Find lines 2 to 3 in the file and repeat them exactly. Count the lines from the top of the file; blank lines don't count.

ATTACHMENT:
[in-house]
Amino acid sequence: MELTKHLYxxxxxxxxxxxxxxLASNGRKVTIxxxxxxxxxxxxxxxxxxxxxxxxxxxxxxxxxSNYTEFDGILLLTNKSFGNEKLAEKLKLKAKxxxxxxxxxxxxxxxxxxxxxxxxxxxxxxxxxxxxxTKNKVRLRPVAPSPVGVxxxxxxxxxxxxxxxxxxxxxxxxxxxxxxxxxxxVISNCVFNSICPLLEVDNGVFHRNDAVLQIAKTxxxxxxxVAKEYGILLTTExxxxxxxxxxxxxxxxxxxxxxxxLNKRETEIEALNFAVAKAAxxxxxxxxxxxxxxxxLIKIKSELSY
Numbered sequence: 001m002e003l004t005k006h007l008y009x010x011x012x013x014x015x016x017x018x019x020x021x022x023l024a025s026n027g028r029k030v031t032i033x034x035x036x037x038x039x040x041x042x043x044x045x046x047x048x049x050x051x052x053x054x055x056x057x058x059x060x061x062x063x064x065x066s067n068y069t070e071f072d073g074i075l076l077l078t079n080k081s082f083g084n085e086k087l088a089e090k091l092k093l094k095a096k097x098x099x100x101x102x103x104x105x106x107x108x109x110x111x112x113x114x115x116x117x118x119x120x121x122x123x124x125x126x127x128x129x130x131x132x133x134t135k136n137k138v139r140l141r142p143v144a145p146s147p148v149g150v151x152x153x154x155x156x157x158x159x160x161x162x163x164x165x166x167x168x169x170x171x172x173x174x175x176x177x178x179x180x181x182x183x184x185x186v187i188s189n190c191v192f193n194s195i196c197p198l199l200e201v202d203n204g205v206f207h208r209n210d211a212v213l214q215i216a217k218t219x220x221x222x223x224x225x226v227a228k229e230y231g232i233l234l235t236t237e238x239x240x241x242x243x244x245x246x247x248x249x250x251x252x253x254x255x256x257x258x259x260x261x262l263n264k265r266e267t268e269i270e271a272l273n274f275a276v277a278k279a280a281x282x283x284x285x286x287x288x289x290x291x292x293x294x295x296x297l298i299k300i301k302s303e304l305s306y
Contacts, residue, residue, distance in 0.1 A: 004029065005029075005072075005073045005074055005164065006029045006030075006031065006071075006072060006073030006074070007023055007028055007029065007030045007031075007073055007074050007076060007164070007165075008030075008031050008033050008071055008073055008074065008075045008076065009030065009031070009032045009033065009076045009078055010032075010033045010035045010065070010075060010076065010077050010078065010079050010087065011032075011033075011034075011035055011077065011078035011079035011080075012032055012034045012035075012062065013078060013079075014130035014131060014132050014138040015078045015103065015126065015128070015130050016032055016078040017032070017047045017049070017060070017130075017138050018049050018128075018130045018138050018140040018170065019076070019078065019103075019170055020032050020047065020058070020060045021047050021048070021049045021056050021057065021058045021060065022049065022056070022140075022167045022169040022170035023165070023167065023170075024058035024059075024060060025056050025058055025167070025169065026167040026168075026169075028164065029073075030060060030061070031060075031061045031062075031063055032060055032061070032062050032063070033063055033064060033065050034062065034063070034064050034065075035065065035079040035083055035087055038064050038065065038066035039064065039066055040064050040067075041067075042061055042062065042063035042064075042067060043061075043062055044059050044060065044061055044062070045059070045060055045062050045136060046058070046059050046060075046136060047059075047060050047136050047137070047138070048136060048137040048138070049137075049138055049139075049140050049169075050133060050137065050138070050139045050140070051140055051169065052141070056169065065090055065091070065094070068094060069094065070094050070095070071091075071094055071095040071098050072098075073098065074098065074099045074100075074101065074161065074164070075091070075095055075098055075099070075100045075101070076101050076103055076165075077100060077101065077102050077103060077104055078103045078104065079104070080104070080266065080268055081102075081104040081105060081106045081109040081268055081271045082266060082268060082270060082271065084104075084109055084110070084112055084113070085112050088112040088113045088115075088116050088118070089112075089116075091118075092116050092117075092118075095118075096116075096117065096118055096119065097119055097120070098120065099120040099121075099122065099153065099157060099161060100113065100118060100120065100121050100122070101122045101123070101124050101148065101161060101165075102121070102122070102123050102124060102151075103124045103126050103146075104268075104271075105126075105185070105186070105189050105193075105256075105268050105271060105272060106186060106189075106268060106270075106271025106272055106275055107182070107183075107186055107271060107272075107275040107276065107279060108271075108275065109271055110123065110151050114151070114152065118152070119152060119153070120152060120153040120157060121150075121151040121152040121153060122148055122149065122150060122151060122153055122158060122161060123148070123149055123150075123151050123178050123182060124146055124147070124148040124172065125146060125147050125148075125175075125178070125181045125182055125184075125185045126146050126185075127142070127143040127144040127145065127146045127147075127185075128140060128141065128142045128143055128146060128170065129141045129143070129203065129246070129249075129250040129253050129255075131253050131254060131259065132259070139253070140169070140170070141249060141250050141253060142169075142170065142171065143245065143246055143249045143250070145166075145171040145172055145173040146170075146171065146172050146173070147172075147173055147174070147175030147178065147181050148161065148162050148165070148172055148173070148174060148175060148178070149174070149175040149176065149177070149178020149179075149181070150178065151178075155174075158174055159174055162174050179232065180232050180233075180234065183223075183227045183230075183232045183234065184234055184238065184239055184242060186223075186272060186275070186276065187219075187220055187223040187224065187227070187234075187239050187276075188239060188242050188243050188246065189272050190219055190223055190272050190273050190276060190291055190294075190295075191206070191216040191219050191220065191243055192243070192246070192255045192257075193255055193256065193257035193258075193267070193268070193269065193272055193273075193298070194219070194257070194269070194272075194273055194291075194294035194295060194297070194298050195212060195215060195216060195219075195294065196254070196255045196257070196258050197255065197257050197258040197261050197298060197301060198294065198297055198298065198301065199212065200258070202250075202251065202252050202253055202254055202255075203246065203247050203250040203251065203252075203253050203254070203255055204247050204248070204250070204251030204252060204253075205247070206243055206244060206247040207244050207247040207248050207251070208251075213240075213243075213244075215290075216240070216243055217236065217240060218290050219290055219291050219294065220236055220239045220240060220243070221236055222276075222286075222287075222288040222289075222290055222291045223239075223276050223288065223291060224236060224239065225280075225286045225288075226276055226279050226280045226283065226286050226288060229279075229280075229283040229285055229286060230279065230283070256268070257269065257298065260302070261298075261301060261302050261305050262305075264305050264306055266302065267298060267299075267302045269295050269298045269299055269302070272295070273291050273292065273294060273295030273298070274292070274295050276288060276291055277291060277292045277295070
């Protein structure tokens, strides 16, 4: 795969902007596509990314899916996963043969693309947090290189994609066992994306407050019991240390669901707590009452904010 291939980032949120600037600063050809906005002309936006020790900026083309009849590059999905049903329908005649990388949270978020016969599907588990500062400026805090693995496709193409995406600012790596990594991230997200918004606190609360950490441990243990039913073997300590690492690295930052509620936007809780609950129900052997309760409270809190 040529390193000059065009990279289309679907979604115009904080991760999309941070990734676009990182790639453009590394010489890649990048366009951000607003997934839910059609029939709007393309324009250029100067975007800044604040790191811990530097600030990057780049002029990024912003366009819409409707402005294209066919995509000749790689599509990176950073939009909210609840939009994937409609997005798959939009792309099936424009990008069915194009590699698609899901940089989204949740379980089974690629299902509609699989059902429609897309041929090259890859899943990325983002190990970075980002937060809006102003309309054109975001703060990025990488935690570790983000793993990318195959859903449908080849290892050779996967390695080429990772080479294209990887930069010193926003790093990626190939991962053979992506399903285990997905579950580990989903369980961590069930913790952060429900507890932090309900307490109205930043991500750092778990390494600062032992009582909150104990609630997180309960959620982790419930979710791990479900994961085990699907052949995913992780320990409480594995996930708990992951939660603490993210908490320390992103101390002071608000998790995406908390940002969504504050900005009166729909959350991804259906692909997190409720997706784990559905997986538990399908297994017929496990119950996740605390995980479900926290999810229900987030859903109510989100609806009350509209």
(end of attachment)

Amino acid sequence: MELTKHLYxxxxxxxxxxxxxxLASNGRKVTIxxxxxxxxxxxxxxxxxxxxxxxxxxxxxxxxxSNYTEFDGILLLTNKSFGNEKLAEKLKLKAKxxxxxxxxxxxxxxxxxxxxxxxxxxxxxxxxxxxxxTKNKVRLRPVAPSPVGVxxxxxxxxxxxxxxxxxxxxxxxxxxxxxxxxxxxVISNCVFNSICPLLEVDNGVFHRNDAVLQIAKTxxxxxxxVAKEYGILLTTExxxxxxxxxxxxxxxxxxxxxxxxLNKRETEIEALNFAVAKAAxxxxxxxxxxxxxxxxLIKIKSELSY
Numbered sequence: 001m002e003l004t005k006h007l008y009x010x011x012x013x014x015x016x017x018x019x020x021x022x023l024a025s026n027g028r029k030v031t032i033x034x035x036x037x038x039x040x041x042x043x044x045x046x047x048x049x050x051x052x053x054x055x056x057x058x059x060x061x062x063x064x065x066s067n068y069t070e071f072d073g074i075l076l077l078t079n080k081s082f083g084n085e086k087l088a089e090k091l092k093l094k095a096k097x098x099x100x101x102x103x104x105x106x107x108x109x110x111x112x113x114x115x116x117x118x119x120x121x122x123x124x125x126x127x128x129x130x131x132x133x134t135k136n137k138v139r140l141r142p143v144a145p146s147p148v149g150v151x152x153x154x155x156x157x158x159x160x161x162x163x164x165x166x167x168x169x170x171x172x173x174x175x176x177x178x179x180x181x182x183x184x185x186v187i188s189n190c191v192f193n194s195i196c197p198l199l200e201v202d203n204g205v206f207h208r209n210d211a212v213l214q215i216a217k218t219x220x221x222x223x224x225x226v227a228k229e230y231g232i233l234l235t236t237e238x239x240x241x242x243x244x245x246x247x248x249x250x251x252x253x254x255x256x257x258x259x260x261x262l263n264k265r266e267t268e269i270e271a272l273n274f275a276v277a278k279a280a281x282x283x284x285x286x287x288x289x290x291x292x293x294x295x296x297l298i299k300i301k302s303e304l305s306y